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Nodulation in the endemic Australian Papilionoideae tribes Mirbelieae and Bossiaeeae

Ardley, J.K., James, E.K., De Meyer, S.E., Sprent, J.I. and Howieson, J.G. (2014) Nodulation in the endemic Australian Papilionoideae tribes Mirbelieae and Bossiaeeae. In: 17th Australian Nitrogen Fixation Conference 2014 Proceedings, 28 September - 2 October, Adelaide, Australia pp. 54-55.

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The closely related papilionoid tribes Mirbelieae and Bossiaeeae are a large (ca. 750 species) group of endemic Australasian legumes. Typically they are ericoid shrubs that are conspicuous understorey members of sclerophyll communities growing on poor soils of the southwest and southeast temperate biomes (Crisp et al. 2004). The centre of diversity is in Southwest Australia, a biodiversity hotspot, unglaciated since the Permian (ca. 250 Mya) and dominated by old landscapes with nutrient-deficient soils (Hopper and Gioia 2004). The crown clade age for the mirbelioids and their sister tribe Hypocalypteae is estimated to be ca. 55 Mya, suggesting that mirbelioids evolved in isolation, shortly after Australia separated from the Antarctic continent, having lost contact with other Gondwanan land masses (Sprent et al. 2013). Molecular-dated phylogenies indicate that the group radiated rapidly during the Mid-Cenozoic (ca. 25–10 Mya) period of climatic cooling and drying (Crisp et al. 2004). In common with most papilionoid legumes, Mirbelieae and Bossiaeeae species form nitrogen-fixing associations with rhizobia, usually with strains of Bradyrhizobium (Lafay and Burdon 1998; Stępkowski et al. 2012). Nodule morphology and structure has not yet been studied. This character trait has previously been found to be a useful phylogenetic and taxonomic marker (Sprent et al. 2013). Phylogenetic analyses place the mirbelioid legumes between the Dalbergioid and Indigoferoid clades, two groups that have quite different nodule structures (Sprent et al. 2013). This study aimed to characterise rhizobial microsymbionts of diverse mirbelioid species collected from sites across southwest Australia and to determine the mirbelioid nodule morphology and structure.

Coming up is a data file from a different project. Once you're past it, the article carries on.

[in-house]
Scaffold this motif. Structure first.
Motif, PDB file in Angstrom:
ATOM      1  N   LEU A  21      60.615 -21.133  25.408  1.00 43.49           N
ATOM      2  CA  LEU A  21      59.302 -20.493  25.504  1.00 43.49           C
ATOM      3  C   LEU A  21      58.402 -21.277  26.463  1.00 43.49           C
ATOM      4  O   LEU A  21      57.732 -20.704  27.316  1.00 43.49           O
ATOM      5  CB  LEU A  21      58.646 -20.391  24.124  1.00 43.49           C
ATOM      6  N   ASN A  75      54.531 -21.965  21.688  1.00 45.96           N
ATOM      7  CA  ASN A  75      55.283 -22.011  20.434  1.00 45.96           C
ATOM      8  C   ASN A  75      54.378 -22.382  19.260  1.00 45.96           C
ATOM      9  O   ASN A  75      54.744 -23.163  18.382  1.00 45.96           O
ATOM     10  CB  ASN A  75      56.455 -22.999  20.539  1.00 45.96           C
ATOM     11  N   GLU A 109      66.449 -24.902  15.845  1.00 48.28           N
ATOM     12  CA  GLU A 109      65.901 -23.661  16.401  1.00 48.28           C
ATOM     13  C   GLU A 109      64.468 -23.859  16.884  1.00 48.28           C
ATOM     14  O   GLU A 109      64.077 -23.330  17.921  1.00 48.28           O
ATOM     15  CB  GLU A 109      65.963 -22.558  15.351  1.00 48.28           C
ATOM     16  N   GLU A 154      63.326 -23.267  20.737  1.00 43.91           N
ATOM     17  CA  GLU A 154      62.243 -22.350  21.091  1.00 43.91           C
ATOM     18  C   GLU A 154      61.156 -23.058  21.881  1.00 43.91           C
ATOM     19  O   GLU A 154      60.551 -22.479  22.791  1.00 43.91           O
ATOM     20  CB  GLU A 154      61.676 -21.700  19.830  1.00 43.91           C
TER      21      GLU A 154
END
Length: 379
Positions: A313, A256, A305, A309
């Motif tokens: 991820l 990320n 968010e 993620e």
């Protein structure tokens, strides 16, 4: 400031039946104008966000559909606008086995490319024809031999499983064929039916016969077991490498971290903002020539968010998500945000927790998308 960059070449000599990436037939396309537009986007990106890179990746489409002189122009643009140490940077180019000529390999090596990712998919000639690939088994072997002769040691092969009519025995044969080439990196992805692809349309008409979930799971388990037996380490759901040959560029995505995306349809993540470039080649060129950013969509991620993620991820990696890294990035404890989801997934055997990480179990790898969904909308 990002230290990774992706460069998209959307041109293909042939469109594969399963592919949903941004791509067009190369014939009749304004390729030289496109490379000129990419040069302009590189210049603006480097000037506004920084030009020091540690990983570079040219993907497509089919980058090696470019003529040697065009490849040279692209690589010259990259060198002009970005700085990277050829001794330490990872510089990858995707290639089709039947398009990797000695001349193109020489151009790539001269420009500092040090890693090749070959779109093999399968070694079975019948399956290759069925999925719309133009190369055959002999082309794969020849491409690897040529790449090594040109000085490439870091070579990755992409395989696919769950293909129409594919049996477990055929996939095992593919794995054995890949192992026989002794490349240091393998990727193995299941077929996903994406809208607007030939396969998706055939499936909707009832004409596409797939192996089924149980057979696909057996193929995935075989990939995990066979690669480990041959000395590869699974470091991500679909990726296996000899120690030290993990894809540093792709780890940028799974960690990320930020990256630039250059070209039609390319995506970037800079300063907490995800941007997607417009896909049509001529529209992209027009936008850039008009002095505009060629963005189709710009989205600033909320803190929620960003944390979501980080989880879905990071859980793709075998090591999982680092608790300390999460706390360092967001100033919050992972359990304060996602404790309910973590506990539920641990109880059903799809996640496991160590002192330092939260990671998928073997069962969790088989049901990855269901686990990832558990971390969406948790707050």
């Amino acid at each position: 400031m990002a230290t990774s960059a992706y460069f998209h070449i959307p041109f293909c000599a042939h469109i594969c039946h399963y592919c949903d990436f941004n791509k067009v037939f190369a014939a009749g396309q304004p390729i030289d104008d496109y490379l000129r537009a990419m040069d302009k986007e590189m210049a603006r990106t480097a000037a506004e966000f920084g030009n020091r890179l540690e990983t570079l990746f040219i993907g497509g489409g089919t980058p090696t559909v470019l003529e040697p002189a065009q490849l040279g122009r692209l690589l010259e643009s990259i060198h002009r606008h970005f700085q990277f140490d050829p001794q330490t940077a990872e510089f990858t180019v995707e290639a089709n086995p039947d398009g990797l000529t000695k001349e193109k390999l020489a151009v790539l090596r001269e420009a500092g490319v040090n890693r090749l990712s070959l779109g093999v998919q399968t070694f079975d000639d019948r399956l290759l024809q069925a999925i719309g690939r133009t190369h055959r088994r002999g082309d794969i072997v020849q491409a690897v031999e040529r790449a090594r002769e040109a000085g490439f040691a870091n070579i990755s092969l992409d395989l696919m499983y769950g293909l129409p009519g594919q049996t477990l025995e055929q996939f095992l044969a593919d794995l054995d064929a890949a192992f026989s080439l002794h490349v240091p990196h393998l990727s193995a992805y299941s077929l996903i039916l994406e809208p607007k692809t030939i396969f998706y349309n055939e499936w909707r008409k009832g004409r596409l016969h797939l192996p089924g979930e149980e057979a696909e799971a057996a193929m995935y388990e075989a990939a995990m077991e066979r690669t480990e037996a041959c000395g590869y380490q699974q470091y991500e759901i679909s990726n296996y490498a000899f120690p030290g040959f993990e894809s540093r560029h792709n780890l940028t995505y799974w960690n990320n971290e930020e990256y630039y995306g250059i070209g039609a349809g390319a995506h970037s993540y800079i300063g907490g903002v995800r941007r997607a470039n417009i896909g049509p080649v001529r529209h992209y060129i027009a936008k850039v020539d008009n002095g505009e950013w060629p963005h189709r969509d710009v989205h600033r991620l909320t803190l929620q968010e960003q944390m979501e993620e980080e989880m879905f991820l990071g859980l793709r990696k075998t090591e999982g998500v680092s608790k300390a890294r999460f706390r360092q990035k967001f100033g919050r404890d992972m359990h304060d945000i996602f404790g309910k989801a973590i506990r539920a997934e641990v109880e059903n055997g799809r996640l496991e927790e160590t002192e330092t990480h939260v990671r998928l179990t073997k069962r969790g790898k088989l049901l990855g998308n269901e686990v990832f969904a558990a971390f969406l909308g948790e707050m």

Item Type: Conference Paper
Murdoch Affiliation(s): Centre for Rhizobium Studies
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